A joint is a part of the body that links two or more bones together. Joints enable bones to pivot, rotate and glide relative to one another, which is essential for movement in different parts of the body.
A synovial joint is the most common type of joint in the body. It allows for a wide range of movement between bones. Synovial joints are found in various locations, such as the hip, shoulder, elbow, and knee. They are crucial for both enabling movement and maintaining flexibility and mobility.
Some examples of synovial joints are:
The diagram below shows a synovial joint.
Fixed joints are a type of joint that does not allow for movement between the bones. For example, the joints between the bones in the skull. Fixed joints play an important role in providing stability and support to the body. This is because they allow the bones to remain in place, protecting vital organs and maintaining the body’s structure.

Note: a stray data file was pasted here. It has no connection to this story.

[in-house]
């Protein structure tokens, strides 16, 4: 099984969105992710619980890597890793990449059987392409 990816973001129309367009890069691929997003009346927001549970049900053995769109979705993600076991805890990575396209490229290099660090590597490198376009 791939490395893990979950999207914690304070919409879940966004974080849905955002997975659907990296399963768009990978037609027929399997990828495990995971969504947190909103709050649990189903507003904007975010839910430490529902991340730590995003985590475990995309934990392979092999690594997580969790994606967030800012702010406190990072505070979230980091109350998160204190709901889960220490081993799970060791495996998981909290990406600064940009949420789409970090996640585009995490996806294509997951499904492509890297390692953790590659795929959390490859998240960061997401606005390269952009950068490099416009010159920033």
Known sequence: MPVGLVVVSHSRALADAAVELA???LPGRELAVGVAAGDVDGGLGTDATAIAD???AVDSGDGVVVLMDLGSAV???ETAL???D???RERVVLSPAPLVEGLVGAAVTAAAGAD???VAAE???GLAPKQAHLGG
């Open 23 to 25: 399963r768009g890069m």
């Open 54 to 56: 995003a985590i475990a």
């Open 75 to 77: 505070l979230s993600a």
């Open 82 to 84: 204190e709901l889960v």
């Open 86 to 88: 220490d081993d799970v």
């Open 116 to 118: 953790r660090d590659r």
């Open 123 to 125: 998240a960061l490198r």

Bones cannot move on their own; they require muscles for movement. Muscles are a type of tissue that is responsible for movement in the body. They are connected to bones by tendons, which are tough, fibrous cords. Tendons transmit the force generated by muscle contractions, allowing bones to move.
At the point where two bones meet, there is a layer of cartilage, which is a type of connective tissue that covers the ends of the bones. Cartilage acts as a cushion to prevent bones from rubbing against one another. It also helps to absorb shock and reduce wear and tear on the joints.
Synovial fluid also helps to reduce friction and allows the joints to move freely. This fluid is produced by the synovial membrane, and it acts as a lubricant to enable smooth movement between the bones.
Ligaments are strong, flexible bands of connective tissue that stabilise joints by connecting bones and helping to prevent dislocation.